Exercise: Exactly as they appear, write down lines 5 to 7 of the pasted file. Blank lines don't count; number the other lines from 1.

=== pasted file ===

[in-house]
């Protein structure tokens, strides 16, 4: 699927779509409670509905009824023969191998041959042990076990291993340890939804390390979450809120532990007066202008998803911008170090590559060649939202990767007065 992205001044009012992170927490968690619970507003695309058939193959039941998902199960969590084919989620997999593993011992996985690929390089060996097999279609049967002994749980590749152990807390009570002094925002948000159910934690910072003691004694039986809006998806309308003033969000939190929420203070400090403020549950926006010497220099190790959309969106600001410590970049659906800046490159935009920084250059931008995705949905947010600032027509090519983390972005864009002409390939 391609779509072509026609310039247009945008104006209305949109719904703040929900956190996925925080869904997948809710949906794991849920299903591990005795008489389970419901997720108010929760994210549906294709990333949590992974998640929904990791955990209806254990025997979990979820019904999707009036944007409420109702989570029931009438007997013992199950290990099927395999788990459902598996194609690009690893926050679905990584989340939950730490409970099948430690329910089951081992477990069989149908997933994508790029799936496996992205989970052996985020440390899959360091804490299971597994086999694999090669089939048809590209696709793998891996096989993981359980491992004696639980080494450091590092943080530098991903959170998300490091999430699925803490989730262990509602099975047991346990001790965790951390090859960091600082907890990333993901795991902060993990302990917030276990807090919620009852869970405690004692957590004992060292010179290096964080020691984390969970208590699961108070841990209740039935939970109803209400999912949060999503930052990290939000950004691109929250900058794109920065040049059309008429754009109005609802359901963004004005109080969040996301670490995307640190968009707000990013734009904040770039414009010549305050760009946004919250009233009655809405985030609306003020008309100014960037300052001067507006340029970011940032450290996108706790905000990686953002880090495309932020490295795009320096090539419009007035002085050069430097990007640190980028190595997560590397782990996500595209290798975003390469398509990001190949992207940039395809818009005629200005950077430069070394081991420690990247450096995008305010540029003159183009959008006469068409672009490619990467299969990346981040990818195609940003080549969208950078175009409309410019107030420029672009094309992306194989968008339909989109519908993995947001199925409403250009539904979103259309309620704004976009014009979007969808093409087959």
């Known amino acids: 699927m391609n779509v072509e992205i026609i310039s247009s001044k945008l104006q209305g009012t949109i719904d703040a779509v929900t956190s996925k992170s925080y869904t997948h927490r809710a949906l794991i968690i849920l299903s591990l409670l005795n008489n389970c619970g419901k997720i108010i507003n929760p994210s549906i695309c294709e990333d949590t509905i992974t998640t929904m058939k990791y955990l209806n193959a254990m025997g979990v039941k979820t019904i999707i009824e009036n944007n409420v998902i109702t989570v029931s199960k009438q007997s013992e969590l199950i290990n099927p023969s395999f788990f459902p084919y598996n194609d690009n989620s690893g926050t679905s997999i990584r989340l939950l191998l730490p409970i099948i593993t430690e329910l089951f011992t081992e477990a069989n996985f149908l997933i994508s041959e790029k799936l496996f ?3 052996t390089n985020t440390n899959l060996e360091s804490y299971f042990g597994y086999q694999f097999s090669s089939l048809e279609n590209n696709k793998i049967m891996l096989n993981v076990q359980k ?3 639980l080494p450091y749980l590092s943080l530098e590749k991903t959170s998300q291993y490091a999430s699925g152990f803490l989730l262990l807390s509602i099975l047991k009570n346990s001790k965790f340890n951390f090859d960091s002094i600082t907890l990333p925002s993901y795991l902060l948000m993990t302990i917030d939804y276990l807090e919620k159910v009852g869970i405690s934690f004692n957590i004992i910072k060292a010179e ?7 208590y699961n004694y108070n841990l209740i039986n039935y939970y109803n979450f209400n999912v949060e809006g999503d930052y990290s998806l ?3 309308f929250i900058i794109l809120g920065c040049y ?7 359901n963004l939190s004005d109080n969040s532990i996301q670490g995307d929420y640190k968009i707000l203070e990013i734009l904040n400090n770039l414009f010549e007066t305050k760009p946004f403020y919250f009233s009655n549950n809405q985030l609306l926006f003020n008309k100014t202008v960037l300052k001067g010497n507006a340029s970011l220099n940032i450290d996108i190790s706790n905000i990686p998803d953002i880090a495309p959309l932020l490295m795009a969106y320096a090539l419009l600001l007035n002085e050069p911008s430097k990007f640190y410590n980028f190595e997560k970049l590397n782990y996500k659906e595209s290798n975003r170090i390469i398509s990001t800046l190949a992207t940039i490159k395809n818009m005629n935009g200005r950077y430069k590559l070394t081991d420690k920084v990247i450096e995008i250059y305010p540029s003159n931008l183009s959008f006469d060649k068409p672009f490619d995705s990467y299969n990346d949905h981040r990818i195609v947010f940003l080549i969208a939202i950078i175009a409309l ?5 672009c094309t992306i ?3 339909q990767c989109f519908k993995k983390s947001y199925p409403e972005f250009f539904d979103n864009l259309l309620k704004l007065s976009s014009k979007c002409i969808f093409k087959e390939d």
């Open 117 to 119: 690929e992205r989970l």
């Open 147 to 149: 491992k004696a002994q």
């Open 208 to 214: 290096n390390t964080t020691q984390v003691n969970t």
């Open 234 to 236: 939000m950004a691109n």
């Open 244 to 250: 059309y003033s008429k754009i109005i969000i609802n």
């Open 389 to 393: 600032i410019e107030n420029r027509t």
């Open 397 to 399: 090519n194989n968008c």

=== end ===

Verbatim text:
């Open 147 to 149: 491992k004696a002994q």
């Open 208 to 214: 290096n390390t964080t020691q984390v003691n969970t």
């Open 234 to 236: 939000m950004a691109n």